By treating digested sludge with ozone in the presence of hydrogen peroxide in this way, radicals such as OH radicals, which have stronger oxidization and decomposition effects than ozone, are generated. As a result, hardly soluble substances of solids in digested sludge, such as fibers and cell walls, can be denatured and converted into easily soluble substances which can be easily decomposed by sludge in the anaerobic digestion tank. According to the present embodiment, therefore, the soluble amount of solids in the organic sludge is increased and the yield of methane is greatly increased and, correspondingly, sludge to be disposed is greatly reduced, as compared with the case of ozone treatment without hydrogen peroxide or addition of hydrogen peroxide without ozone treatment.

In addition, since decomposition of cell walls is increased owing to the activity of radicals, phosphorus in solids of digested sludge is efficiently eluted out, solidified with coagulant and recovered as reusable phosphorus. According to the present embodiment, therefore, it is possible to treat digested sludge while simultaneously recovering energy and resources, i.e. digester gas and phosphorus.

In the digested sludge of the anaerobic digestion tank, hardly soluble substances which organisms cannot decompose, remains and accumulates. According to the present embodiment, therefore, recovery of energy is achieved more efficiently by drawing out part of digested sludge inside the anaerobic digestion tank and denaturing the solid substance in the drawn digested sludge into easily soluble substances.

Embodiment 28

Another apparatus embodying the present invention and a process of treating organic wastewater with the apparatus is described.

FIG. 38 is a diagram of an apparatus embodying the present invention and shows a process flow of treating organic wastewater with the apparatus. In the apparatus of the present embodiment shown in FIG. 38, components for recovering phosphorus are left out from the apparatus of Embodiment 27 shown in FIG. 37. More specifically, phosphorus recovery tank 24, solid-liquid separation tank 17 and coagulant storage tank 21 are left out and drain 31 for ozone treated sludge connects ozonization tank 9 to anaerobic digestion tank 1.

Hereinafter, workings of the apparatus according to the present embodiment are described.

As organic wastewater to be treated, organic sludge from a water treatment plant, which is a mixture of raw sludge from a primary sedimentation tank and excess sludge from an aeration tank, is introduced into anaerobic digestion tank 1 via conduit 2. The organic sludge is digested by microorganisms in anaerobic digestion tank 1 and, then, the sludge inside anaerobic digestion tank 1 is drawn out from drain 3. The sludge from drain 3 is separated into sludge solid component and sludge dissolved component in solid-liquid separation tank 4. The sludge dissolved component is discharged from drain 8 for supernatant water and the sludge solid component is discharged from drain 5 for thickened sludge.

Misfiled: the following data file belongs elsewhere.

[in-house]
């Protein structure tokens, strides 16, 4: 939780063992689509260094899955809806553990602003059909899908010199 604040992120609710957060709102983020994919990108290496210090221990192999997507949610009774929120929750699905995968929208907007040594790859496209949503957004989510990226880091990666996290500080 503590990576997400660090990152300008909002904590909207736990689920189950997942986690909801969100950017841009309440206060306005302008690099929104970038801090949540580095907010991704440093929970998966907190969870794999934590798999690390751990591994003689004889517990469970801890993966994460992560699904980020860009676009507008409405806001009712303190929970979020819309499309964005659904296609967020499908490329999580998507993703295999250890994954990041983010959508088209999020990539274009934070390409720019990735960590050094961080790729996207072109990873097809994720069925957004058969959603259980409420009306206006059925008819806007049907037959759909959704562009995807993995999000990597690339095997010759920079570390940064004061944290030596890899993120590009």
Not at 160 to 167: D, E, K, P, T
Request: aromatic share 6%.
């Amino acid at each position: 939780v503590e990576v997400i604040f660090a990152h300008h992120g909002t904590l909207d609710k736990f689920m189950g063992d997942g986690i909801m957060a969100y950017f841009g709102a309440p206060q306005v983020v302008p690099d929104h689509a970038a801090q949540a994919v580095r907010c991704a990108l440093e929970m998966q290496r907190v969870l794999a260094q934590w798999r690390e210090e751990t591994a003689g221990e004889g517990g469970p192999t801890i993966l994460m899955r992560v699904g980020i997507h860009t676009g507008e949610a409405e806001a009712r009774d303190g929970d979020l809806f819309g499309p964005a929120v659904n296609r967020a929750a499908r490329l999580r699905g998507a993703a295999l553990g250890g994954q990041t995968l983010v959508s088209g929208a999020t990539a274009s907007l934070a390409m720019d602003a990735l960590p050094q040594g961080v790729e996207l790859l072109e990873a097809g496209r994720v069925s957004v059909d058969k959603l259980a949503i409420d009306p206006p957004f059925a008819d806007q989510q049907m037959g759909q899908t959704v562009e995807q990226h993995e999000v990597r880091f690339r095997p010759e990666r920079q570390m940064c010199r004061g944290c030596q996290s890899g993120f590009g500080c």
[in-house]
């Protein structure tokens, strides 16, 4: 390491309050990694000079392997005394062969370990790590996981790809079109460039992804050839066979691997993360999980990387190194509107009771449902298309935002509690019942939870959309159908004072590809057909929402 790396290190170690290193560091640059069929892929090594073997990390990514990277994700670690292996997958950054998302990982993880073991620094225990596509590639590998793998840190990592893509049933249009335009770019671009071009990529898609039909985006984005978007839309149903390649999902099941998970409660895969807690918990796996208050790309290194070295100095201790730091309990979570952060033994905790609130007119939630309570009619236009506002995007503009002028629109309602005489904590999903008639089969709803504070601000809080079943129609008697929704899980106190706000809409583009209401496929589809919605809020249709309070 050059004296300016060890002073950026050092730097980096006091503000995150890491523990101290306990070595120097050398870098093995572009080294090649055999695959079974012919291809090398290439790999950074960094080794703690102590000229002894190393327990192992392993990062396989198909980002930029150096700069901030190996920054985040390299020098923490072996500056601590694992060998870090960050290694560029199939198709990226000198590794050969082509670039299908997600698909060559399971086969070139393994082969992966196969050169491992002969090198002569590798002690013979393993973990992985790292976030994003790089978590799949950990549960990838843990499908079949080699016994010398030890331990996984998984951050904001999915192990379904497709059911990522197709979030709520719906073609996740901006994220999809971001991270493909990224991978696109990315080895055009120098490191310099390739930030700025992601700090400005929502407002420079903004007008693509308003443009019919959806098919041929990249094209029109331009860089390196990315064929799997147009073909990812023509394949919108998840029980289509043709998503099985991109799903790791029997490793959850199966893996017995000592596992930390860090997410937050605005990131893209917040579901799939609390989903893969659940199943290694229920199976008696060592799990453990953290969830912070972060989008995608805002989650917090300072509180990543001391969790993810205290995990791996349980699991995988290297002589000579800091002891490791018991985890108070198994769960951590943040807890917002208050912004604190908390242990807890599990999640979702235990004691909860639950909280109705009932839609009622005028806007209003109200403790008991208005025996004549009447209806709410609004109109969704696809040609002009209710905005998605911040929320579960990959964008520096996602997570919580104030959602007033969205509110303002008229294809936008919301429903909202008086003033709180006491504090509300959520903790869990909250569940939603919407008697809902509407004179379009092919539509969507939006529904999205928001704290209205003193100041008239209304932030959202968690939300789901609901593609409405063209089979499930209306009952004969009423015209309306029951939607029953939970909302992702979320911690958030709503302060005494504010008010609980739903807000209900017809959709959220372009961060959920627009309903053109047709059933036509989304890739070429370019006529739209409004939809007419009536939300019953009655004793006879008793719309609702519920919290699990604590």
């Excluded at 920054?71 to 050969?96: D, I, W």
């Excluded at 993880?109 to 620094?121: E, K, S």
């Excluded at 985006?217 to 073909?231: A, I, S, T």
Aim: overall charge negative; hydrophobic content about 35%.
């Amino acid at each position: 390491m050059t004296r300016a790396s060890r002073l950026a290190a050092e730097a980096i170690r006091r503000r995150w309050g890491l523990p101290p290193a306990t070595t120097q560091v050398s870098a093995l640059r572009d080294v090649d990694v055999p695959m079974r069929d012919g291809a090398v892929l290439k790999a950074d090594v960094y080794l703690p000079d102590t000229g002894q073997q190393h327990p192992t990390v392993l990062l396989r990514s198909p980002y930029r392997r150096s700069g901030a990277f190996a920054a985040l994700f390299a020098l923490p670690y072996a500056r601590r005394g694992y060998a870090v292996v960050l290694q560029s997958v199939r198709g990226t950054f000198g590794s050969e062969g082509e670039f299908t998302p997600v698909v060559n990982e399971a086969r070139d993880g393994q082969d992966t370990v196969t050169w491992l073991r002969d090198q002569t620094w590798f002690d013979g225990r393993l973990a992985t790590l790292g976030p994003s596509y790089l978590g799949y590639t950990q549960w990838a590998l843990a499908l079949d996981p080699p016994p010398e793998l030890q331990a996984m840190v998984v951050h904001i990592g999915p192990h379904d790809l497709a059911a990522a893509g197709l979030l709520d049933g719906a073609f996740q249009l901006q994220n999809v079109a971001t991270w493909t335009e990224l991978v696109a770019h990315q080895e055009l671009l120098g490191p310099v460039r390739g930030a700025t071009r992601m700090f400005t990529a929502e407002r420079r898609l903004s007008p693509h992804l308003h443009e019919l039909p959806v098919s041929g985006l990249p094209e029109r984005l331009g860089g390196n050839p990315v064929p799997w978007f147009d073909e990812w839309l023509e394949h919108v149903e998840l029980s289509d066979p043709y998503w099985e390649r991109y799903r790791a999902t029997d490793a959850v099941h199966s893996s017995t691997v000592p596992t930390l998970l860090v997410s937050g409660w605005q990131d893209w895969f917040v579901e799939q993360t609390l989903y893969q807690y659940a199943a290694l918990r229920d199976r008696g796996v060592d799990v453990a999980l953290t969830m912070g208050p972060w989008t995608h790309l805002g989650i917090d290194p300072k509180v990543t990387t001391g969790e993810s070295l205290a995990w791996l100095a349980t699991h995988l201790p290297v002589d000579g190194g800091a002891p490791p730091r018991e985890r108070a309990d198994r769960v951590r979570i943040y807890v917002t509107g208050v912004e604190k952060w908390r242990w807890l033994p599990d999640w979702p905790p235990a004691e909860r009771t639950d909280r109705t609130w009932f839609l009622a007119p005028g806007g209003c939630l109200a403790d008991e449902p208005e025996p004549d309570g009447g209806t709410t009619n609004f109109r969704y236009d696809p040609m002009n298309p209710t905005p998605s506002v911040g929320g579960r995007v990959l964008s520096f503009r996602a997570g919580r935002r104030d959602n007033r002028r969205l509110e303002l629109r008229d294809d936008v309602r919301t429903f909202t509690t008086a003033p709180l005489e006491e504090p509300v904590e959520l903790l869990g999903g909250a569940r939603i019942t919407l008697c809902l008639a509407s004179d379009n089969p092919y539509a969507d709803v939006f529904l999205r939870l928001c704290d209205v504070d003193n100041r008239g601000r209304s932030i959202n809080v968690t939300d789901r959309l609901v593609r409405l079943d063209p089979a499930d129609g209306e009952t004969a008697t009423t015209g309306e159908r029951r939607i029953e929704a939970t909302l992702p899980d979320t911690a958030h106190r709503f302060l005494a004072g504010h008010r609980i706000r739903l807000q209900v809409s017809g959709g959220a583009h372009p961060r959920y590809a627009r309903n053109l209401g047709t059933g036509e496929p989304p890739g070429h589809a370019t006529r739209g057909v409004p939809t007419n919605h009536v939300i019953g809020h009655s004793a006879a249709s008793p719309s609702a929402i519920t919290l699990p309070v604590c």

The sludge solid component in drain 5 is discharged through conduit 6 for disposing sludge, but part of the sludge solid component is returned to anaerobic digestion tank 1 through conduit 7 for returning sludge. Meanwhile, digester gas in anaerobic digestion tank 1 is recovered from vent 27.

In the above anaerobic digestion process, the digested sludge inside anaerobic digestion tank 1 is sent to ozonization tank 9 via conduit 34. The digested sludge is treated with ozone by injecting ozone gas from ozone generator 10 into ozonization tank 9 via conduit 11. At the same time, pump 29 works to supply hydrogen peroxide from hydrogen peroxide storage tank 28 to ozonization tank 9 via conduit 30 and the digested sludge is treated with ozone in the presence of hydrogen peroxide.

After being treated with ozone in the presence of hydrogen peroxide, the digested sludge is introduced into anaerobic digestion tank 1 via drain 31 and anaerobically digested by microorganisms.

The present embodiment is preferable when digested sludge contains little phosphorus and recovering energy from the sludge is a priority. By treating digested sludge with ozone in the presence of hydrogen peroxide, radicals are generated and, owing to the extremely strong oxidization effect of radicals, hardly soluble substances of solids in organic sludge, such as fibers and cell walls, can be denatured and converted into easily soluble substances which can be easily decomposed by sludge in the anaerobic digestion tank. According to the present embodiment, therefore, the soluble amount of solids in the organic sludge is increased and the yield of methane is greatly increased and, correspondingly, sludge to be disposed is greatly reduced, as compared with the case of ozone treatment without hydrogen peroxide or addition of hydrogen peroxide without ozone treatment.